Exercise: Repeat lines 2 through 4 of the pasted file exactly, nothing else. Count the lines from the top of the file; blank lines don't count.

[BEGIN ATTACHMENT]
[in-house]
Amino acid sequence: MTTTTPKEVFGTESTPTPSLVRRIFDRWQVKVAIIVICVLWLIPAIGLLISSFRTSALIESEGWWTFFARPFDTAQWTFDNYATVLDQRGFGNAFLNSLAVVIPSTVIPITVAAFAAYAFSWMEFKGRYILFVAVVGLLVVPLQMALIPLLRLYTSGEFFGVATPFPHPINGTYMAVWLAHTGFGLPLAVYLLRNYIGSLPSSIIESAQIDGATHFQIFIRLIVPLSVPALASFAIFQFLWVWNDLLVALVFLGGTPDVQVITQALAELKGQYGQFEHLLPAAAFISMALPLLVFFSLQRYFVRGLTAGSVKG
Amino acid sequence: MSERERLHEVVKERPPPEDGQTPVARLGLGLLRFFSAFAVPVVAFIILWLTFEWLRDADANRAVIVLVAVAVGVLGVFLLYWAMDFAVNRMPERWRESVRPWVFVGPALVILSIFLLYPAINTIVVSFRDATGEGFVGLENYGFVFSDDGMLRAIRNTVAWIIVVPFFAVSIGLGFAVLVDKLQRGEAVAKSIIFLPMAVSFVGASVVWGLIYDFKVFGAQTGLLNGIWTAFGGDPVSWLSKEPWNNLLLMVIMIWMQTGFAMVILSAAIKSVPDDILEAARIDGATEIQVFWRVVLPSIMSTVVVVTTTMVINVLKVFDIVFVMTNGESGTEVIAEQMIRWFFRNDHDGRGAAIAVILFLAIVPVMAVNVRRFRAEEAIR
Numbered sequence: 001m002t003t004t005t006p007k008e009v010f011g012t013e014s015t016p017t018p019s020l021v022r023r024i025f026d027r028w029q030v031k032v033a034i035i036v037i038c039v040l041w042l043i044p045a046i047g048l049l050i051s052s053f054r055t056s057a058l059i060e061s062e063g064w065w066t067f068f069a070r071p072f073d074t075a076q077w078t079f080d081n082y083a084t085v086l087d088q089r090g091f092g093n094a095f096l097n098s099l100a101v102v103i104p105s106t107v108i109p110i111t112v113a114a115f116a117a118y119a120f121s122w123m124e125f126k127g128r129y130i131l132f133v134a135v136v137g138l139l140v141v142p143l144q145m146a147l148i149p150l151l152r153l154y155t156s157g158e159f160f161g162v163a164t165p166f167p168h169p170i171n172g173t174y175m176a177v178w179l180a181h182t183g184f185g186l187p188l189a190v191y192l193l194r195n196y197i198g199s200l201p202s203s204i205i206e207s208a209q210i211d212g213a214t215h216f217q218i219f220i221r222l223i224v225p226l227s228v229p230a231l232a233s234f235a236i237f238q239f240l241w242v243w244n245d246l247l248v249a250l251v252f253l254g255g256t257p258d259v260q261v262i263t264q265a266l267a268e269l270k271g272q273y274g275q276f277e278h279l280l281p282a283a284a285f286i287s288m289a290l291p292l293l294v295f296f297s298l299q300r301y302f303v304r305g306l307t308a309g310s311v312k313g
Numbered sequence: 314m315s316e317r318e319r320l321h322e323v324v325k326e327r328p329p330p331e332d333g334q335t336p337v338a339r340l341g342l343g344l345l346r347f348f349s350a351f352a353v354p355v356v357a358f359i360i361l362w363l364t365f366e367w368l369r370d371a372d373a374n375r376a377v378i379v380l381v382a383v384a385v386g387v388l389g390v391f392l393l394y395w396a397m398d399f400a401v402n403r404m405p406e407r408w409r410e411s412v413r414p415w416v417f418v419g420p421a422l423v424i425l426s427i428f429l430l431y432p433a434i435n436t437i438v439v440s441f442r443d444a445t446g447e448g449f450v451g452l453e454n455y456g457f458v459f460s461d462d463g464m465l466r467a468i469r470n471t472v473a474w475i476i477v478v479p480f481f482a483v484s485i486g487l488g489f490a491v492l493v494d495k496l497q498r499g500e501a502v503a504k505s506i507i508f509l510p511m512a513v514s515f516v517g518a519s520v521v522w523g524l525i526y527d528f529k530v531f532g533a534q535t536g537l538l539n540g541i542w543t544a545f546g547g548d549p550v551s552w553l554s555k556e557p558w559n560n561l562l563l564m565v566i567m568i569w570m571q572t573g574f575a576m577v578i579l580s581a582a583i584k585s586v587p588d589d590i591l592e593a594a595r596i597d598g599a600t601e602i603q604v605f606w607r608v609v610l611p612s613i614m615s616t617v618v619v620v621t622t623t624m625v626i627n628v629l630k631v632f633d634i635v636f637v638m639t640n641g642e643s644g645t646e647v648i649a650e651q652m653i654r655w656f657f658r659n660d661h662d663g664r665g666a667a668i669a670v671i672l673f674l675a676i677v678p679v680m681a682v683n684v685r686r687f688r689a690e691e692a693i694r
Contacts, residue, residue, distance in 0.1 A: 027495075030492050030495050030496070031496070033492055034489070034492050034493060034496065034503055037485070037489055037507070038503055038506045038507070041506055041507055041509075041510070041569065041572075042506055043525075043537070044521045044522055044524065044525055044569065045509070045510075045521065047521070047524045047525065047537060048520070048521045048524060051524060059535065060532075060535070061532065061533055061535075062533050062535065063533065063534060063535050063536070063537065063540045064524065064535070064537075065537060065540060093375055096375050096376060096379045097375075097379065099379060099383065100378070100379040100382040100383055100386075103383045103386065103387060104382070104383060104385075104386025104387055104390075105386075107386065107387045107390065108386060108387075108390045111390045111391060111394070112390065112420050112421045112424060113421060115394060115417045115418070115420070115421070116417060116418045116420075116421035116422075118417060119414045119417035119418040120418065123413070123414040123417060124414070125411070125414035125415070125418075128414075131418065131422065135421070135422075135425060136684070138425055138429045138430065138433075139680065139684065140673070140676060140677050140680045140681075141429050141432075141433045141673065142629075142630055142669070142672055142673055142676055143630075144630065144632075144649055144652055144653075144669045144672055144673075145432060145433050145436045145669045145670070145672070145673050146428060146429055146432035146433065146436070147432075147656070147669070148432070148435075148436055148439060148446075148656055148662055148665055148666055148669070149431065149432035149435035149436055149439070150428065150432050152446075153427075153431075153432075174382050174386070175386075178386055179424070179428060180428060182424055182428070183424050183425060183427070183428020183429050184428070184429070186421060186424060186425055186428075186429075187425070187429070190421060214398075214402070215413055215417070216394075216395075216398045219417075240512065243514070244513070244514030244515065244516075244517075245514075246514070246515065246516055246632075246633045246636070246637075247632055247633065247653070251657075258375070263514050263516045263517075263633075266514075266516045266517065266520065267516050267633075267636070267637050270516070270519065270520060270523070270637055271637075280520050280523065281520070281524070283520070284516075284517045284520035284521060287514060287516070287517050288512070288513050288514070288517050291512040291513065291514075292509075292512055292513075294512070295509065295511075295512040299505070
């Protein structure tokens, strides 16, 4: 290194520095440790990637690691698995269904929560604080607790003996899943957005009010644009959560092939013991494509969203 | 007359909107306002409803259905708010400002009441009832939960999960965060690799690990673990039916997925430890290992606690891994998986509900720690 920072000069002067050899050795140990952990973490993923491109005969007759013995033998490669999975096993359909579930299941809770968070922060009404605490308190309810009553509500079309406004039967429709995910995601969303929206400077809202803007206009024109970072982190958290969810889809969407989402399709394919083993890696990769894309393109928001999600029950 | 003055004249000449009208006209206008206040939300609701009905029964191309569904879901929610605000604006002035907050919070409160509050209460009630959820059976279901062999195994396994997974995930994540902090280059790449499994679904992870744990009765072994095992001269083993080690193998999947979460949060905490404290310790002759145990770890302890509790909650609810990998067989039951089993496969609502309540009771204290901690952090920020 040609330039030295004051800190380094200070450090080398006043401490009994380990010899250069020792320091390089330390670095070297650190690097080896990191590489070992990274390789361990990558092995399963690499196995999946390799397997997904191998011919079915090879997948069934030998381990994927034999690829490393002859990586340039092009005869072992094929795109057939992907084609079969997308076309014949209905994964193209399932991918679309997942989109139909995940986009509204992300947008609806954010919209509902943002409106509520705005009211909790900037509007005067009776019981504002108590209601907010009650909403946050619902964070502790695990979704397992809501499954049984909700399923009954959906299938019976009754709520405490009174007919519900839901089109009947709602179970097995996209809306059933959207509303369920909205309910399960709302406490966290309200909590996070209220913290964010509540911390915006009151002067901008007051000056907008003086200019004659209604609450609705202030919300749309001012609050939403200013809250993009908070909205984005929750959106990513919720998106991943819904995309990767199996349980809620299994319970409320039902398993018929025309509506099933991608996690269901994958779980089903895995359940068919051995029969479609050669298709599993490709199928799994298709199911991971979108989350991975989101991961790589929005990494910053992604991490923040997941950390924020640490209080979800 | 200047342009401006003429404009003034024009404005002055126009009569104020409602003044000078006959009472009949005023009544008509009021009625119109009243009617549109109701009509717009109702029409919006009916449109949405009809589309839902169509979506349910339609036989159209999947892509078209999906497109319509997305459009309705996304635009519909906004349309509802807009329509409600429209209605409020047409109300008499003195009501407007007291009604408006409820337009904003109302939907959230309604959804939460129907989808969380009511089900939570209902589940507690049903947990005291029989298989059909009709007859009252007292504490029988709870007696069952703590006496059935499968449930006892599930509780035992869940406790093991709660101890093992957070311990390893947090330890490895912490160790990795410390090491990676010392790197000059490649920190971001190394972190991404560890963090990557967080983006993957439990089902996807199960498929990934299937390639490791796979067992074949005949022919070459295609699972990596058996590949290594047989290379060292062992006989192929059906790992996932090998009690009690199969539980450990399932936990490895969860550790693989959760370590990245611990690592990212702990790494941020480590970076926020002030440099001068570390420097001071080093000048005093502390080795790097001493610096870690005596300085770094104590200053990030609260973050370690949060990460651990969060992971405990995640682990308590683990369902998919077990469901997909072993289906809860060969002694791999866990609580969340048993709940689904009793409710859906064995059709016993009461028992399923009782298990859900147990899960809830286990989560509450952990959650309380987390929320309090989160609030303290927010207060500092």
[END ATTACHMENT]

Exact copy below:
Amino acid sequence: MTTTTPKEVFGTESTPTPSLVRRIFDRWQVKVAIIVICVLWLIPAIGLLISSFRTSALIESEGWWTFFARPFDTAQWTFDNYATVLDQRGFGNAFLNSLAVVIPSTVIPITVAAFAAYAFSWMEFKGRYILFVAVVGLLVVPLQMALIPLLRLYTSGEFFGVATPFPHPINGTYMAVWLAHTGFGLPLAVYLLRNYIGSLPSSIIESAQIDGATHFQIFIRLIVPLSVPALASFAIFQFLWVWNDLLVALVFLGGTPDVQVITQALAELKGQYGQFEHLLPAAAFISMALPLLVFFSLQRYFVRGLTAGSVKG
Amino acid sequence: MSERERLHEVVKERPPPEDGQTPVARLGLGLLRFFSAFAVPVVAFIILWLTFEWLRDADANRAVIVLVAVAVGVLGVFLLYWAMDFAVNRMPERWRESVRPWVFVGPALVILSIFLLYPAINTIVVSFRDATGEGFVGLENYGFVFSDDGMLRAIRNTVAWIIVVPFFAVSIGLGFAVLVDKLQRGEAVAKSIIFLPMAVSFVGASVVWGLIYDFKVFGAQTGLLNGIWTAFGGDPVSWLSKEPWNNLLLMVIMIWMQTGFAMVILSAAIKSVPDDILEAARIDGATEIQVFWRVVLPSIMSTVVVVTTTMVINVLKVFDIVFVMTNGESGTEVIAEQMIRWFFRNDHDGRGAAIAVILFLAIVPVMAVNVRRFRAEEAIR
Numbered sequence: 001m002t003t004t005t006p007k008e009v010f011g012t013e014s015t016p017t018p019s020l021v022r023r024i025f026d027r028w029q030v031k032v033a034i035i036v037i038c039v040l041w042l043i044p045a046i047g048l049l050i051s052s053f054r055t056s057a058l059i060e061s062e063g064w065w066t067f068f069a070r071p072f073d074t075a076q077w078t079f080d081n082y083a084t085v086l087d088q089r090g091f092g093n094a095f096l097n098s099l100a101v102v103i104p105s106t107v108i109p110i111t112v113a114a115f116a117a118y119a120f121s122w123m124e125f126k127g128r129y130i131l132f133v134a135v136v137g138l139l140v141v142p143l144q145m146a147l148i149p150l151l152r153l154y155t156s157g158e159f160f161g162v163a164t165p166f167p168h169p170i171n172g173t174y175m176a177v178w179l180a181h182t183g184f185g186l187p188l189a190v191y192l193l194r195n196y197i198g199s200l201p202s203s204i205i206e207s208a209q210i211d212g213a214t215h216f217q218i219f220i221r222l223i224v225p226l227s228v229p230a231l232a233s234f235a236i237f238q239f240l241w242v243w244n245d246l247l248v249a250l251v252f253l254g255g256t257p258d259v260q261v262i263t264q265a266l267a268e269l270k271g272q273y274g275q276f277e278h279l280l281p282a283a284a285f286i287s288m289a290l291p292l293l294v295f296f297s298l299q300r301y302f303v304r305g306l307t308a309g310s311v312k313g